The parking meter lease – the one that his preferred successor, Roxanne Qualls, supports, and her opponent, John Cranley, despises – there was nary a word.
“One project you expect me to talk about is the streetcar,’’ Mallory said. “It has certainly had its challenges. But there is a community drive that has kept this project going. Take a look.”
The theater darkened and up on the screen above the stage a short video began playing – one that featured John Schneider, the prime player in pushing the streetcar to the forefront, and businessman Otto Budig Jr., both extolling the determination Mallory showed to get it done.
So much for the streetcar discussion.
There were other comedic interludes in the serious talk about the city.
Mallory showed a video clip from his appearance on the Jimmy Kimmel show in 2007, right after he had thrown the most incredibly bad ceremonial first pitch in the history of professional baseball at the Cincinnati Reds’ Opening Day.
The pitch, Mallory said, “was a lot of fun. It gave us an opportunity to laugh at ourselves. Actually, it gave you all the opportunity to laugh at me.”
And, he argued, it started people around the country to start wondering about Cincinnati and to begin noticing that this was a place where things were happening.
Like mayors who can’t throw a baseball.
Then, he rattled off a list of accomplishments during his watch:
- The Cincinnati Initiative to Reduce Violence (CIRV), which he said has seen homicides drop by 41 percent and shootings by 22 percent since it began in 2007.
- - $17.7 million in new Streetscapes in Oakley, East Walnut Hills, Mt. Lookout, Mt. Adams, Pendleton, the CUF neighborhoods, East Price and Camp Washington.
- The completion of the first phase of The Banks project.
- The revitalization of Over-the-Rhine and the creation of the new Washington Park.
Cincinnatians, he said, ask him all the time what he wants his legacy to be.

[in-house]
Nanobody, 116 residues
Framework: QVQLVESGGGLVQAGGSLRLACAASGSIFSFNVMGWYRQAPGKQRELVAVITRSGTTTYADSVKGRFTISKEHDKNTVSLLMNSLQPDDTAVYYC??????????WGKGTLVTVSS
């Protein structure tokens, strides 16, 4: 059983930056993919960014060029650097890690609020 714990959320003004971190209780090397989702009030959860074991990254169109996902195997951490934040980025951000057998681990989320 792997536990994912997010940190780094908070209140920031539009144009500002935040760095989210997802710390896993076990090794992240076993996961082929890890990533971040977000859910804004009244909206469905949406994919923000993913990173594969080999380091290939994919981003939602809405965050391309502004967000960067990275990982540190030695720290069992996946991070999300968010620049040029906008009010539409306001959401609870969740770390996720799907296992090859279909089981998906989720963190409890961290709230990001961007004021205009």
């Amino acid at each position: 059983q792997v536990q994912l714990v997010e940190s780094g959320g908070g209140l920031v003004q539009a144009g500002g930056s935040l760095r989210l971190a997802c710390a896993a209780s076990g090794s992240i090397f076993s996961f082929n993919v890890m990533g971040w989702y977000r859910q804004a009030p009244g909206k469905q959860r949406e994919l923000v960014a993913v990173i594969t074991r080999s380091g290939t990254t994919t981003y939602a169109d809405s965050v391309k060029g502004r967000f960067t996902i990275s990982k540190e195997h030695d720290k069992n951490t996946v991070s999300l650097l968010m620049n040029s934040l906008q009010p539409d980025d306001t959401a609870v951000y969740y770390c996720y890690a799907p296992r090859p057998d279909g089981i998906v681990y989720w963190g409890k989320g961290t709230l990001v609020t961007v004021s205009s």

“Well, I know that a lot of people think I want my legacy to be the streetcar; that is not the case,’’ Mallory said. “You might think I want my legacy to be The Banks or the revitalization of Over-the-Rhine, or the progress we have made in communities around the city.
“That is not what I want,’’ he said, drawing closer to the front of the stage. “I want my legacy to be that I said I was going to change the direction of the city of Cincinnati and we did that.”
And there was a subtle dig at Cranley, who says that the city should focus on basic services in a time of financial belt-tightening.
“Filling potholes, picking up the trash, paving streets?,’’ Mallory said. “We are supposed to do that. We better do that. We do that every day; that is not the issue. That is not the way to make a major transformation in a city.”
Then, like any good showman, he left with a little personal message for the audience.
“The legacy is not mine, it is yours, Cincinnati,’’ he said. “You are the ones who have changed. You have a new pride in the city. You stand up to the challenges. You take on the big projects. You embrace the future.”
“You, Cincinnati, created the buzz.”
We don’t know what plans Mallory has for the future. Perhaps another opportunity in politics will open up.
But, for someone with Mallory’s skill, there is always show business.